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Four Fundamentals of M203 Marksmanship

The four fundamentals of M203 marksmanship are steady position, aiming, breathing, and trigger control. When the soldier changes his position, only the first fundamental (steady position) varies. The other three remain the same.

a. Steady Position. This varies according to the position.

 

(1) Prone position. If you fire prone, try to use a prone supported position (Figure 5-1).

 

(a) Lie face down, grasp the M16 pistol grip with your right hand and place the butt of the rifle into the pocket of your right shoulder.

(b) Lower your right elbow to the ground so your shoulders are level. This places the weight of your body behind the weapon, which enables you to recover quickly each time you fire.

(c) Grasp the rifle magazine with your left hand. Straighten your upper body, and spread your legs a comfortable distance apart. Try to point your toes outward and relax your ankles, so your heels will rest on the ground. Relax the weight of your upper body forward onto your left arm.

(d) For ranges greater than 150 meters, lower the buttstock of the weapon to obtain the proper sight alignment and sight picture. Grip firmly to prevent this from moving the weapon from your shoulder pocket.

 

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(2) Kneeling position. Figure 5-2 shows the kneeling position.

 

(a) Kneel on your right knee while facing the target, with your left hand on the magazine and your right grasping the rifle' s pistol grip.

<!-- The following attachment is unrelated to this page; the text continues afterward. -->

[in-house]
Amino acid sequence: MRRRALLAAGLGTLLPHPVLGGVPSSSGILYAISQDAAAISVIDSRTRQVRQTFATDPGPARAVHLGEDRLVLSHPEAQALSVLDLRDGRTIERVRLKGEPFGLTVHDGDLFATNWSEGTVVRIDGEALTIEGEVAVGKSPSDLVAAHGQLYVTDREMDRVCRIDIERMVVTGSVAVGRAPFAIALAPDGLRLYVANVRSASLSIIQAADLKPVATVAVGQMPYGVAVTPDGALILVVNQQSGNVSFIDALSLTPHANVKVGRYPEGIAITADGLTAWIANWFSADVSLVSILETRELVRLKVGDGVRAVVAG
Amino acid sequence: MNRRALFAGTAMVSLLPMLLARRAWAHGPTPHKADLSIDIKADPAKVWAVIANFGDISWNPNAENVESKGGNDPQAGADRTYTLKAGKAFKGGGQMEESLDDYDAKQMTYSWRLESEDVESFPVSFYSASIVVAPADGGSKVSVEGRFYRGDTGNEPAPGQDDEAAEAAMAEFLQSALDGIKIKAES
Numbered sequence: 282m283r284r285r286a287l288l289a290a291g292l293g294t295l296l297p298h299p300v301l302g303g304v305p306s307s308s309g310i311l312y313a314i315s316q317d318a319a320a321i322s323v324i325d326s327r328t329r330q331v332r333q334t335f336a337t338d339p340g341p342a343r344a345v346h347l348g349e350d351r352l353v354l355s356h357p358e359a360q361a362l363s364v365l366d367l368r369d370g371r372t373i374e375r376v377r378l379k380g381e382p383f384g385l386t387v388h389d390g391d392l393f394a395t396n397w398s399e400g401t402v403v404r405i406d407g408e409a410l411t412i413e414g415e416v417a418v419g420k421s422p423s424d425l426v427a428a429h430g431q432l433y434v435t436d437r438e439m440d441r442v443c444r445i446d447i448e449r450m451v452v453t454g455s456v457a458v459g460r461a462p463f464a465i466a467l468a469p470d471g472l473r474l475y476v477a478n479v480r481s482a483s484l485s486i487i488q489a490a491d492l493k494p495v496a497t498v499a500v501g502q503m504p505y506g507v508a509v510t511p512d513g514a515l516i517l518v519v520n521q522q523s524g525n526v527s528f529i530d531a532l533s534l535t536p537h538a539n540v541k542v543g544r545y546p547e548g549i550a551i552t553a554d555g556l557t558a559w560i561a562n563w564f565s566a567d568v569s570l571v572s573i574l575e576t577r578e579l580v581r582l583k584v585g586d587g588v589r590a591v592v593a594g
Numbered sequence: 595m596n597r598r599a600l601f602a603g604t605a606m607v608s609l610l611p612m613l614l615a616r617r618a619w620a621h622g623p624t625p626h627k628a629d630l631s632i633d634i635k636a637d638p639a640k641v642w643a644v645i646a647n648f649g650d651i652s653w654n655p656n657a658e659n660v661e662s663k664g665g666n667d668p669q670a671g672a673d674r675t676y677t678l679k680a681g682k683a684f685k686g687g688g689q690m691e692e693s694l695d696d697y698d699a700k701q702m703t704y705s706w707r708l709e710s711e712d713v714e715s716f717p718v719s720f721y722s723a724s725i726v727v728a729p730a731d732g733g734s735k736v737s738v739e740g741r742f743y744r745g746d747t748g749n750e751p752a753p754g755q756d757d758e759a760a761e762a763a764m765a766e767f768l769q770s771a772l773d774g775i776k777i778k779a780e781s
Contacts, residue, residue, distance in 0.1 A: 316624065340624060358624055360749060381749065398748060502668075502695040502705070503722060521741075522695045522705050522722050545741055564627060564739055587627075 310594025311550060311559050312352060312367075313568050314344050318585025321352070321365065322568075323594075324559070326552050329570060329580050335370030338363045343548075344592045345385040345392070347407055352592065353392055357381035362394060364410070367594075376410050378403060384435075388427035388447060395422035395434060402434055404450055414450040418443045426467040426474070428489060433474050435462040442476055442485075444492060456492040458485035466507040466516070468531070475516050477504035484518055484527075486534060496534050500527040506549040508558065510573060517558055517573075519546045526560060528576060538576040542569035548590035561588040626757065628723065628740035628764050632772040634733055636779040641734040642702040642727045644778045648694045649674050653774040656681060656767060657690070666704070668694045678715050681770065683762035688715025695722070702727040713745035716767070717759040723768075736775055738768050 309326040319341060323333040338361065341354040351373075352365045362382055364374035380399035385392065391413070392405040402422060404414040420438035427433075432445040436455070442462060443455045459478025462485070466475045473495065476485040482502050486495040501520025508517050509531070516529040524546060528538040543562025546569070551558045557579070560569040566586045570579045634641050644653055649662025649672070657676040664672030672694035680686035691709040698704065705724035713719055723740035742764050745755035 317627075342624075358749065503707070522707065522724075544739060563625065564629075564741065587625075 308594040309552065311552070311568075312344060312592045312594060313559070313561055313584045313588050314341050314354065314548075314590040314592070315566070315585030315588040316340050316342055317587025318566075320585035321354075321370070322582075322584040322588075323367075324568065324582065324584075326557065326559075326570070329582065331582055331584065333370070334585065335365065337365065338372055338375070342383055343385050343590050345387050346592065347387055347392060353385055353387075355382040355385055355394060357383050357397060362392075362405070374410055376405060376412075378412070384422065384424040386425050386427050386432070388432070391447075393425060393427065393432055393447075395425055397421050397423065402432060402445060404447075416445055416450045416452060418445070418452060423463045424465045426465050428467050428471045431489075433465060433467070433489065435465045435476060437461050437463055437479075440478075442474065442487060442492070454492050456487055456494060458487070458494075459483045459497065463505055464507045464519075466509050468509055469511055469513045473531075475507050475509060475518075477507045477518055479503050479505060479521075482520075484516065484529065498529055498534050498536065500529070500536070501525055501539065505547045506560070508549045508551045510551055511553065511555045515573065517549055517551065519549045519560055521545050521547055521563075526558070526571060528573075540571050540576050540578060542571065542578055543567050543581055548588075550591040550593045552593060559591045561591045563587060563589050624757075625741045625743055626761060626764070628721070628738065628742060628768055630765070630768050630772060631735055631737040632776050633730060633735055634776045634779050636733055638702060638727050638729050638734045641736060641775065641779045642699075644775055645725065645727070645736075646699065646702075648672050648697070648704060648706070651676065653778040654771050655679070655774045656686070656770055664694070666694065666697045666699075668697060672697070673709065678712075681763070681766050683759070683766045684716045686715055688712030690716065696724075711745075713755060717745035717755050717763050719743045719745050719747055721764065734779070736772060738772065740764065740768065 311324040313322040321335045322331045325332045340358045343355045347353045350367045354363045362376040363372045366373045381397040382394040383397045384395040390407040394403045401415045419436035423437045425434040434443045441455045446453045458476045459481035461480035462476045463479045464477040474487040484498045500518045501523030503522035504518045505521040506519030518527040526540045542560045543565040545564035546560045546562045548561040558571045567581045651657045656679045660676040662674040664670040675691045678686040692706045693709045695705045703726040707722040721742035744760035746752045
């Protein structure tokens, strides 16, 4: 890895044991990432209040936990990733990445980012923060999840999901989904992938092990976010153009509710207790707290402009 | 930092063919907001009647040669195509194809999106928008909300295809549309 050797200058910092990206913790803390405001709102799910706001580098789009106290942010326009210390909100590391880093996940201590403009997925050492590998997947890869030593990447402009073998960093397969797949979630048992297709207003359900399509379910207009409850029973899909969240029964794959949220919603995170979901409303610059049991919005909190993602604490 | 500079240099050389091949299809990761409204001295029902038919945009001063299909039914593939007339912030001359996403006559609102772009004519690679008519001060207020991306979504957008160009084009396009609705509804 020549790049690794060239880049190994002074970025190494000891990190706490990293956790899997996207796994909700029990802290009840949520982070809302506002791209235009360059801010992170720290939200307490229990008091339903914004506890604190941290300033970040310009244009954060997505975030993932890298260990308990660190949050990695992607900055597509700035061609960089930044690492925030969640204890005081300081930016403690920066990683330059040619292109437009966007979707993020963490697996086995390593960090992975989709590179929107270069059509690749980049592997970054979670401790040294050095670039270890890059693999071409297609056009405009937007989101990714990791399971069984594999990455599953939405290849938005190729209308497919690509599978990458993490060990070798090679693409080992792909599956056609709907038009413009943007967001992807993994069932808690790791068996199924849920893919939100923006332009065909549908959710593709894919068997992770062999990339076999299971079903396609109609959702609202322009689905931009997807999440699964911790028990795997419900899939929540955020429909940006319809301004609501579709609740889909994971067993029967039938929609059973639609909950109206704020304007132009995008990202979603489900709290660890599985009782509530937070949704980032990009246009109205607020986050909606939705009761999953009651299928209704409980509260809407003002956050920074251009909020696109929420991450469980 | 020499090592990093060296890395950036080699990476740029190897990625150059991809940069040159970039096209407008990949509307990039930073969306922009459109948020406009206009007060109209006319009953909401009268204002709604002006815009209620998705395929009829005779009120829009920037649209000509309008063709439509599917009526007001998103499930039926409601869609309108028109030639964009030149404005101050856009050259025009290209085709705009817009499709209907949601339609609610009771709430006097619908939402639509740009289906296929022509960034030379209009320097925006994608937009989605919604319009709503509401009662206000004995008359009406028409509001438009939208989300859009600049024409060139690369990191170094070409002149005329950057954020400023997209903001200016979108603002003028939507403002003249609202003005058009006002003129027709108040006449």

(b) Place your left foot about .45 meter (18 inches) to your left front, with your toes pointing in the general direction of the target.

(c) Keeping your right toe in place, sit on your right heel.

(d) Place your left elbow forward of your left knee, resting the flat portion of your upper arm on your knee.

(e) Move the rifle butt into the pocket of your right shoulder, pulling the rifle pistol grip with your right hand.

(f) With your left hand on the rifle magazine, place your left forefinger in the trigger guard of the grenade launcher.

(g) Pull the rifle firmly into your shoulder.

(h) Pull your right elbow in close to your body to help you apply rearward pressure to the weapon. Ensure that your leg completes a solid, three-point base for your position. For ranges greater than 150 meters, lower the buttstock of the weapon to obtain the proper sight alignment and sight picture. Grip firmly to prevent this from moving the weapon from your shoulder pocket.

(3) Sitting position, open-legged. Figure 5-3 shows the open-legged sitting position. To assume this position--

 

(a) Sit down, breaking your fall with your right hand, and slide your buttocks well to the rear. Face the target half right, and spread your feet wide.

(b) Grasp the rifle magazine with your left hand and the pistol grip with your right hand.

(c) Bend forward from your hips, and rest your left upper arm against the inside of your left knee.

(d) Move the butt of the rifle into the pocket of your right shoulder, still holding the rifle pistol grip with your right hand.